Rochester, New York, is known for many things that make up part of its identity: Kodak, Genny beer, lilacs, and garbage plates are things that the Flower (or Flour) City takes pride in. An important chapter in the city’s history is related to the fight for women’s rights and the abolition of slavery in the 19th century.
The city was home to Susan B. Anthony and Frederick Douglass, and their gravesites in Mount Hope Cemetery are the most frequented. It might seem surprising then, that the city which served as a station of the underground railroad also has some Confederate soldiers scattered around the area, too. Indeed, one of of these Graybacks rests in Fairfield Cemetery, in the village of Spencerport, located on the Erie Canal.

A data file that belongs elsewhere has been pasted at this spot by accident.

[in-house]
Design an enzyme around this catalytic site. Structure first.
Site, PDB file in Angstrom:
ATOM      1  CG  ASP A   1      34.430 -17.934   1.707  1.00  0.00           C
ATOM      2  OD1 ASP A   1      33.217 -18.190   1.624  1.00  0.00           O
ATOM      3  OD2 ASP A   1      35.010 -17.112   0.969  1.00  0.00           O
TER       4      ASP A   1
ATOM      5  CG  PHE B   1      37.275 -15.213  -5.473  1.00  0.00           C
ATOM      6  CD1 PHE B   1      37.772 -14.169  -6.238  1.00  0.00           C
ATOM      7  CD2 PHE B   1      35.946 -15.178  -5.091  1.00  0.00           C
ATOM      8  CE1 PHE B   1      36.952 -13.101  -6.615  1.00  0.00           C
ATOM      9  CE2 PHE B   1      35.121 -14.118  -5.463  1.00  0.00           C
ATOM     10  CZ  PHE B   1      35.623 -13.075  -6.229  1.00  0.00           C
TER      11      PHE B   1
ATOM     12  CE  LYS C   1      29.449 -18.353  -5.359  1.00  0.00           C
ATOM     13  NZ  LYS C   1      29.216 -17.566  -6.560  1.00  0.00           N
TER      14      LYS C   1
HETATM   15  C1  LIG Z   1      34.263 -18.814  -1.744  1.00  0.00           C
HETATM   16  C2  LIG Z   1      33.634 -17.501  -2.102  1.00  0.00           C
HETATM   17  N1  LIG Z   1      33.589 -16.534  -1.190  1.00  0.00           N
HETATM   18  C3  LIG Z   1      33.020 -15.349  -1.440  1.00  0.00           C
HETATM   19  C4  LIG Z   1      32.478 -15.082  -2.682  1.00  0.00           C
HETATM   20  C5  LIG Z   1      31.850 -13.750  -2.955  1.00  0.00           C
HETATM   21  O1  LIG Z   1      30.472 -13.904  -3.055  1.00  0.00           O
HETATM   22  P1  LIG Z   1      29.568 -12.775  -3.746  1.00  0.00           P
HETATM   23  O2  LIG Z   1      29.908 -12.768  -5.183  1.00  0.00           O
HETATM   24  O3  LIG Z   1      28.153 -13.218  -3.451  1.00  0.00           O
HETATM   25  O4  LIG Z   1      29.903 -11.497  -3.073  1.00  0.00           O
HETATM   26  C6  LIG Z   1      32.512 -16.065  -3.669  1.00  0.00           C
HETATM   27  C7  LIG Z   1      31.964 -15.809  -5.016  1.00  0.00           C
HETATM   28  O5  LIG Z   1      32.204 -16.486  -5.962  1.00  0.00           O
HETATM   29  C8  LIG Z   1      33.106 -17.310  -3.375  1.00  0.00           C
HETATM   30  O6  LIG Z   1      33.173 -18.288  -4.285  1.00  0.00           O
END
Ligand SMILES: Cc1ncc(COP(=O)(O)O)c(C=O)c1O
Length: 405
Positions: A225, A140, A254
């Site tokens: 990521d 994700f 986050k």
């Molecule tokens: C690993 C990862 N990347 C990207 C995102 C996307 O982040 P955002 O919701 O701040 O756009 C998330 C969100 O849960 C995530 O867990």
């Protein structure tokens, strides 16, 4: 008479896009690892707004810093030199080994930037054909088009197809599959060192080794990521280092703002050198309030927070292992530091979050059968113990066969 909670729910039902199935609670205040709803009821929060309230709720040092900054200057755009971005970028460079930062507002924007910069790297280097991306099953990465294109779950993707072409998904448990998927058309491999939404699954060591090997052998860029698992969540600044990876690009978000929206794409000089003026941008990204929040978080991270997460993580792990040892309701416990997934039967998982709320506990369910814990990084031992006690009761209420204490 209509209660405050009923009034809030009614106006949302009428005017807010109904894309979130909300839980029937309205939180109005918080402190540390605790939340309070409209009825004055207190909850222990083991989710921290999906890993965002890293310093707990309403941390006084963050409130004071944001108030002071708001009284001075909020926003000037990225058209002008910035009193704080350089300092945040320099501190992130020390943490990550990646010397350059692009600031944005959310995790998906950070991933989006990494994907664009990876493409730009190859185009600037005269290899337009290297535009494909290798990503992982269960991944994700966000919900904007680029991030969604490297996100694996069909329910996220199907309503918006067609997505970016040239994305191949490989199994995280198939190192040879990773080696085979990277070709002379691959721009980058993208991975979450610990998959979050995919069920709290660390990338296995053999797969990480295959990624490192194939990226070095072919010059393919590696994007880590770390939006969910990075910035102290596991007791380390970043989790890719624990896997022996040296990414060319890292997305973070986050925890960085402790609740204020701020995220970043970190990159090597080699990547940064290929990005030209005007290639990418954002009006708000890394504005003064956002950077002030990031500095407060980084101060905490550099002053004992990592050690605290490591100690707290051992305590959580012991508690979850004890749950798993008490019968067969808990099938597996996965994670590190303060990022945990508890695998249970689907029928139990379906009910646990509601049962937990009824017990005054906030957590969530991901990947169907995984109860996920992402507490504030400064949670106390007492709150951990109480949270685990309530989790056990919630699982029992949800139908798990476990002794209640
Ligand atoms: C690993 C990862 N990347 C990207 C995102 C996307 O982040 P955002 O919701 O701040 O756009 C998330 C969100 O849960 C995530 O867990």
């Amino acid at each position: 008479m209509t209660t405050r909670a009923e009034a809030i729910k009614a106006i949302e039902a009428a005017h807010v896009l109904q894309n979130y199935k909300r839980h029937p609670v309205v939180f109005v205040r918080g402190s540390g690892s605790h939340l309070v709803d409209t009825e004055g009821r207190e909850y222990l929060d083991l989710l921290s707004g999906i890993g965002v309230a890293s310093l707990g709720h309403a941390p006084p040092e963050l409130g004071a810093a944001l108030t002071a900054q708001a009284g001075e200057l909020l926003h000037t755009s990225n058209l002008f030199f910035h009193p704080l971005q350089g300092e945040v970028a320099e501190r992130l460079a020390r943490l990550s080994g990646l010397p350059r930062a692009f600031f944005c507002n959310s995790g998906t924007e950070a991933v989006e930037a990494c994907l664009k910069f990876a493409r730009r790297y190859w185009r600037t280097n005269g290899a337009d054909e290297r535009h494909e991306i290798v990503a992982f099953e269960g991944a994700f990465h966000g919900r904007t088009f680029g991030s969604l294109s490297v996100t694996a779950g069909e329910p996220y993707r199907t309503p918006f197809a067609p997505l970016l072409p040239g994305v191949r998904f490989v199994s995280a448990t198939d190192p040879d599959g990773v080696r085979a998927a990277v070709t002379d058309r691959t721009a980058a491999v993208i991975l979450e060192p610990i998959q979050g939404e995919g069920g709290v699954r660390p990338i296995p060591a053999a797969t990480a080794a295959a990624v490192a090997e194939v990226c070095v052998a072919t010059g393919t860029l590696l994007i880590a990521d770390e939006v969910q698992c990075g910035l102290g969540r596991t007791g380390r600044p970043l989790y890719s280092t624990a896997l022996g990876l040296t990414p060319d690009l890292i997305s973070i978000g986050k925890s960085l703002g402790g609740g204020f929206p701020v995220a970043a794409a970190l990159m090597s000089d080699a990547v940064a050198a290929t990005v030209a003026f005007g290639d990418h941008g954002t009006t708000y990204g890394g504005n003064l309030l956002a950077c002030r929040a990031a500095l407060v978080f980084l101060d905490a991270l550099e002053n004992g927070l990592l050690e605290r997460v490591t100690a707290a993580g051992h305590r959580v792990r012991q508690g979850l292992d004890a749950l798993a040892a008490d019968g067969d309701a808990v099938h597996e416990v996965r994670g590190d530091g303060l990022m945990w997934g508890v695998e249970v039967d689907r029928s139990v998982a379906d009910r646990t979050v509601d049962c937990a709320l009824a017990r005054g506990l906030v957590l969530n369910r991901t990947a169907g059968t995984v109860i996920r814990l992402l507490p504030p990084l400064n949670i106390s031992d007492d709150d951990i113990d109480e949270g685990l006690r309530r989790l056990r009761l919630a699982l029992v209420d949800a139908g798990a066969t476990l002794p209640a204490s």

Dewitt C. Guy’s final resting place is an inconspicuous small headstone in a family plot, which is marked by a larger stone. A small American flag decorates it, as well as a Southern Cross of Honor, and a small plaque noting his time as a prisoner of war at Point Lookout.
Rochester newspapers have featured information on Guy, and other Confederate soldiers, several times through the years, so finding further information on him is just a quick Google search away.
Know Before You Go
The cemetery is easy to find, but it is still in use and many houses are nearby, so visitors should be respectful when exploring.